Hospitals, Lawmakers Try to Stop Looming Medicare Cuts
A "broad alliance" of politicians, hospital administrators, physicians and union leaders is trying to "head off" two scheduled reductions in Medicare payments resulting from the 1997 Balanced Budget Act that they say would have a crippling effect on hospital services, particularly on the nation's teaching facilities, the New York Times reports. The first of the two cuts, which industry officials say will result in a combined $1.6 billion annual loss for the nation's hospitals, will go into effect in October 2002 and will reduce the indirect medical education payments that teaching hospitals receive for performing "specialized, high cost care," such as cancer therapies, burn treatment and cardiac care. According to the Greater New York Hospital Association, this cut will result in a roughly $735 million annual loss nationwide for teaching hospitals, including $130 million to New York state's teaching facilities. Under the second cost-cutting measure, scheduled to take effect on Oct. 1, HCFA will change its formula for factoring inflation into reimbursement rates, as the agency will "determine the rate of inflation for hospitals and subtract half a percentage point to arrive" at the new rate. According to the association, this change will result in a $420 million nationwide loss for the rest of the year and about $850 million next year. New York hospitals will lose about $36 million a year initially, "growing to nearly $80 million annually by next year."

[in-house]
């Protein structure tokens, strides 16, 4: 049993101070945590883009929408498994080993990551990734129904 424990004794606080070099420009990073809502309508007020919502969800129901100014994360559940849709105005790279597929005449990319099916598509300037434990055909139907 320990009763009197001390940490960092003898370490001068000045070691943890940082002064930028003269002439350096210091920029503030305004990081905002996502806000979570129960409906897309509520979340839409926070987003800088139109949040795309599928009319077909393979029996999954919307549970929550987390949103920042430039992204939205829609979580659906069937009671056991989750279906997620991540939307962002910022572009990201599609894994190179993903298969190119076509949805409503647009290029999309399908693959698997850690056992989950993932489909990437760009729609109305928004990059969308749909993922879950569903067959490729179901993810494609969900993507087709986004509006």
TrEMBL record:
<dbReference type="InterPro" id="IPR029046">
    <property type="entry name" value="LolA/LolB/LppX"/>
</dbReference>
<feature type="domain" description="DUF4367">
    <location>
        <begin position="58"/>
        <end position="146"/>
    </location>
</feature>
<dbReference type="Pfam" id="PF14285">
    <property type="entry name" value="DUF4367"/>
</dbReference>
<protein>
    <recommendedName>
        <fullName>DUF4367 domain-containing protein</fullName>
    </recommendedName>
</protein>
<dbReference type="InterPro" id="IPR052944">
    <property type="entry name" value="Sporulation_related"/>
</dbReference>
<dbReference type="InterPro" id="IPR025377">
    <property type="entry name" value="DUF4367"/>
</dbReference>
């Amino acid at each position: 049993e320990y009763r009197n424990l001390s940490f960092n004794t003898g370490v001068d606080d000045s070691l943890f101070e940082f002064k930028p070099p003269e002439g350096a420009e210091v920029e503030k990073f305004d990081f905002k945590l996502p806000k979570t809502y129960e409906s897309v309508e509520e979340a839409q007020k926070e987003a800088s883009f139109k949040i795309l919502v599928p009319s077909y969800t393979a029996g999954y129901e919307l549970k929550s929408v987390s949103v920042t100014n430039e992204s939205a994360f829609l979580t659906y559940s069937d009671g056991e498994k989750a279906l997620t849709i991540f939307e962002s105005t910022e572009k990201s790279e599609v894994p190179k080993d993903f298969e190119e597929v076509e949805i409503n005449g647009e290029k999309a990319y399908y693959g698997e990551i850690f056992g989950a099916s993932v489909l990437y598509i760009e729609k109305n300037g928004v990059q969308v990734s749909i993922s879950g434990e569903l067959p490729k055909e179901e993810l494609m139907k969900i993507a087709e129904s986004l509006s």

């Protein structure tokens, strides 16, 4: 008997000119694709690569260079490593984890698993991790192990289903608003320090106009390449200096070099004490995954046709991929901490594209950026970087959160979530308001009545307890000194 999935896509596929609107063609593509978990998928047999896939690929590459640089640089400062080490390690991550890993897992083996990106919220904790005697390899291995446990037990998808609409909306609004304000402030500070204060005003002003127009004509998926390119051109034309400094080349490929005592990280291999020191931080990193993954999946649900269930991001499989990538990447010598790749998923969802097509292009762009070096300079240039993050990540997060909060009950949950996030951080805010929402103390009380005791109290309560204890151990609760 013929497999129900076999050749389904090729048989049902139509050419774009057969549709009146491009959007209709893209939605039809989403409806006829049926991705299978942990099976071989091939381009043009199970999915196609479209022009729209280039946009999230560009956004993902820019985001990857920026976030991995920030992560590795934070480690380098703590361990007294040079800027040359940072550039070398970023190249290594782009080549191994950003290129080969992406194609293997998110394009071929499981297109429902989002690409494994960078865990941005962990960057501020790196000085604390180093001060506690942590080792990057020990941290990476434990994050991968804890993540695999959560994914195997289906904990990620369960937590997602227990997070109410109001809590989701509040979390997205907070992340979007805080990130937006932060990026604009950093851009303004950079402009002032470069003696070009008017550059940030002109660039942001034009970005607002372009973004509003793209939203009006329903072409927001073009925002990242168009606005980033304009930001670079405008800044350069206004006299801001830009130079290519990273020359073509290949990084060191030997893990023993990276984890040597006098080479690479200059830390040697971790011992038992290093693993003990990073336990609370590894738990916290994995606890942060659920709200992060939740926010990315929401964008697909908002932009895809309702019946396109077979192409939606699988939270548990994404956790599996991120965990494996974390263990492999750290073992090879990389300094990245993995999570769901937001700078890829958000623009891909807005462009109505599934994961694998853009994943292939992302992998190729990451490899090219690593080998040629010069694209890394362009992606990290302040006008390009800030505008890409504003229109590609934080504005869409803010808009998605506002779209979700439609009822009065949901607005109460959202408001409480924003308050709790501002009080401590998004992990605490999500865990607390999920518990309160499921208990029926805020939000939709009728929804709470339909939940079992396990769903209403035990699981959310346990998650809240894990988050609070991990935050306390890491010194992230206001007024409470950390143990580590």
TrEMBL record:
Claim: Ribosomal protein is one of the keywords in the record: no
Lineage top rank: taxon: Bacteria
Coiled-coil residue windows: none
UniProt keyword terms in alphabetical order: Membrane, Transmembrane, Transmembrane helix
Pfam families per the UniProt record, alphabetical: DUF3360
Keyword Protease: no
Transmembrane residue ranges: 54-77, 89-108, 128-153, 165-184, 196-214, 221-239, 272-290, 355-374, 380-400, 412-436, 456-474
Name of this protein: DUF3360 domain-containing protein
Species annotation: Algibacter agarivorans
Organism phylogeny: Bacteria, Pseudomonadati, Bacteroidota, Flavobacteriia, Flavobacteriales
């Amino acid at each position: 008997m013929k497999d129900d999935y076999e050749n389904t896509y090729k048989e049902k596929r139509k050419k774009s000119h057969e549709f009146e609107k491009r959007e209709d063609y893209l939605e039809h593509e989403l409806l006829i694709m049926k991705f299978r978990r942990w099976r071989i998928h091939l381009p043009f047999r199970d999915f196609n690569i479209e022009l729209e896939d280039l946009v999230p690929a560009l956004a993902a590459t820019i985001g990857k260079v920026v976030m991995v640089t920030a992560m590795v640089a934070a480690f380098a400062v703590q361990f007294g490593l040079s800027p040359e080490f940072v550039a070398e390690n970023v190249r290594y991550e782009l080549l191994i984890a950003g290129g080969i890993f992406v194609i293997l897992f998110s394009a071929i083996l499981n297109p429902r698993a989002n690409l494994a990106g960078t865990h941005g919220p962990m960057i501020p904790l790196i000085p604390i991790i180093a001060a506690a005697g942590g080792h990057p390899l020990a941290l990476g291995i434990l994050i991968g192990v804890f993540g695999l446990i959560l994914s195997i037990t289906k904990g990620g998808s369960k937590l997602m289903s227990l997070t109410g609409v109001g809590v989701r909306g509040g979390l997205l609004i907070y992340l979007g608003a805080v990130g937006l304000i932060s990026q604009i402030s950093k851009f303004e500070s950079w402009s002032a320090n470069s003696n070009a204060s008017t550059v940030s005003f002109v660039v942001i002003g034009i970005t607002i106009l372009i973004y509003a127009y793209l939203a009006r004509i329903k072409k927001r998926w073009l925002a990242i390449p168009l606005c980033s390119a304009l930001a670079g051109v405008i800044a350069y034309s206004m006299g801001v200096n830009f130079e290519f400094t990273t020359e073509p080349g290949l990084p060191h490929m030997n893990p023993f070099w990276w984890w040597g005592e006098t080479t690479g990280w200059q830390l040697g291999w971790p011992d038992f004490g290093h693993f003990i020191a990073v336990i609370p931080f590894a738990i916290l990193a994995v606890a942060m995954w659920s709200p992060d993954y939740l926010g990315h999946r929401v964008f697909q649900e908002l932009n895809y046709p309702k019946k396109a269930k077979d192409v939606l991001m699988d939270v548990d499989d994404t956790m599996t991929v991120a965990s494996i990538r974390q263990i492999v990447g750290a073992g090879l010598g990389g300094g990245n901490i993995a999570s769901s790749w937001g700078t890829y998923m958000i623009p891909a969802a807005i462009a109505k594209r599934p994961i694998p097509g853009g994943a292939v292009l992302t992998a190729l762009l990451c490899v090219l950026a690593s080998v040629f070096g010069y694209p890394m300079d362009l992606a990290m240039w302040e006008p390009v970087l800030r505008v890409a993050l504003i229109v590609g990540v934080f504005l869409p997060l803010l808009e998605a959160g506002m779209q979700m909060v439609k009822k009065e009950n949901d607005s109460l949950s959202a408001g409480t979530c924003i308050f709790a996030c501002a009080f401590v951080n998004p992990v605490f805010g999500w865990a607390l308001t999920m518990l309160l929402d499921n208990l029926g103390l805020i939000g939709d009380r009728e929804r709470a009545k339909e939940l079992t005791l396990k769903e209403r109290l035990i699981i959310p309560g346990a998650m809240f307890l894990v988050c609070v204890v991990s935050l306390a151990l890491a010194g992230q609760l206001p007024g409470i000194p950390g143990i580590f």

The prospect of these losses, which would lead to more crowded hospitals and "higher charges to private insurers and to patients," has fostered a bipartisan campaign to block the cuts. Opponents of the cuts point out that while the BBA called for reducing Medicare spending by $115 billion by 2003, hospitals have already seen payment reductions in excess of $200 billion. Senator Kay Bailey Hutchinson (R-Texas) has introduced a bill (S. 839) to "reverse the cuts," and has the backing of "several Democratic senators" and "several Republican senators." In announcing the bill, Hutchinson said that teaching hospitals "are not only educating and training the next generation of physicians and other health care professionals, but in many communities, they are the primary providers of medical services to the poor and indigent. Our society cannot afford to shortchange them." Proponents of maintaining current levels of Medicare funding, however, are one of several interest groups "scramb[ling] to claim a portion of the federal budget surplus, and the Times reports that Hutchinson's bill must be navigated through a Congress "preoccupied with other matters," including tax cuts. Dan Sisto, president of the Healthcare Association of New York State, said, "We recognize that some of the budget surplus will go for tax cuts and education and defense. But health care must be an equivalent national priority now that the surplus is being divided up" (Hernandez, New York Times, 5/14).This is part of the California Healthline Daily Edition, a summary of health policy coverage from major news organizations. Sign up for an email subscription.